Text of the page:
Desert Isle Keeper
Duncan’s Bride is a typical Linda Howard book, in that it features as its hero Reese Duncan – a big, tough, alpha-double-plus male who is strong, stubborn, handsome as sin, and oversexed to the max. Did I like him? Yeah, I guess so. Did I want to drop kick his butt all over his ranch? Yes I did – several times during the course of the book. Well then, why is this a Desert Island Keeper for me? There are a couple of reasons.
First, Linda Howard took an old plot, the mail-order bride, and made it contemporary and interesting. Second, and most important, Madelyn Patterson Duncan was a heroine I could cheer for. She is the main reason this book is one I can read over again with great pleasure.
Reese Duncan lives in Montana on a ranch that was developed by his grandparents. He had been married before to a woman who hated the ranch and the lifestyle. When they were divorced, she won a large cash settlement and half the land. Reese is bitter over her betrayal and projects that bitterness toward all women. Still, he wants children to inherit the land, and, being a Linda Howard hero, he’s just gotta have sex or he’ll explode. Reese places an ad for a wife in a newspaper and gets three responses. Two of them don’t pan out, but Madelyn Patterson comes to the ranch for a look-see and loves it (and Reese too). She is a city girl just like Reese’s first wife, but she’s the only one willing to live there. Reese draws up a pre-nuptial agreement, Madeline signs it, and they are married.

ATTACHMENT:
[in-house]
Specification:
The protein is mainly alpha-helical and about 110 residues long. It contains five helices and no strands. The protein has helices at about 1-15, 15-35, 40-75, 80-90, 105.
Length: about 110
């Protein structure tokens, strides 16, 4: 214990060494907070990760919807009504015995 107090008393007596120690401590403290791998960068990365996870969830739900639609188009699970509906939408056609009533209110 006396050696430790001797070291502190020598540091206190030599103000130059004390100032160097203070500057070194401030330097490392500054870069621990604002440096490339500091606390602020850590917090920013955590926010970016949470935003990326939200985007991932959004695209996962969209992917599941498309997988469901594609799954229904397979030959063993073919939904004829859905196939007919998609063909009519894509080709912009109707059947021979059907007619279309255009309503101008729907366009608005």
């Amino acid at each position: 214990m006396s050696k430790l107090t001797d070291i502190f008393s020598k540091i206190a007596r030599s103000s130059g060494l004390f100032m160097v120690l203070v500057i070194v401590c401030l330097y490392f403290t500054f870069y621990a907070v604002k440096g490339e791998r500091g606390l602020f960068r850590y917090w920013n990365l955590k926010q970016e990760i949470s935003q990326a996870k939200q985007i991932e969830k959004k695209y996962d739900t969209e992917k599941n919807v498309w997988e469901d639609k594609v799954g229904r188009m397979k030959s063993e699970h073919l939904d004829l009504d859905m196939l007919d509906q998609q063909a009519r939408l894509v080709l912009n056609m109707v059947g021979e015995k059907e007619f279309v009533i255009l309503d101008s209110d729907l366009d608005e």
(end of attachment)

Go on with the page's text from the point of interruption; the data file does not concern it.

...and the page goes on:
Maddie soon proves that she is just as at home on the ranch as Reese is. She is a good cook, a hard worker, and a wonderful lover. She also is very good at handling her husband. When Reese gets in one of his moods, she simply tells him that she is not his first wife and won’t pay for her sins. When Reese is in danger of losing the ranch, Maddie uses her trust fund to pay off the mortgage. Is Reese grateful? Of course not! He is nasty and cruel, accusing Maddie of wanting to divorce him and get her hands on his property. Does she wilt, does she lie down, does she give in and slink around like a pathetic shadow like Sarah does in Sarah’s Child? No, she does not! She gets good and mad and moves out. When Reese comes blustering up to her, she doesn’t back down one inch, and just asks him to give her one good reason why she should stay with him. Being the hard-head that he is, it does take Reese a while to figure out what Maddie wants, but he is very satisfyingly contrite once the light comes on.
Duncan’s Bride is just about my favorite of Linda Howard’s novels. It has all of her strengths – an excellent story, wonderful characters, and pulse-pounding love scenes. What it does not have is a weak, wimpy, and whining heroine. After having read quite a few of Ms. Howard’s books, I find that the books with weak heroines, Sarah’s Child and All That Glitters, are the ones where I find myself disliking both of the characters. In Ms. Howard’s books that have strong female characters, Duncan’s Bride and Mackenzie’s Mountain, the heroine’s strength-of-will matches the hero’s overbearing machismo, and I find myself very favorably disposed to them both.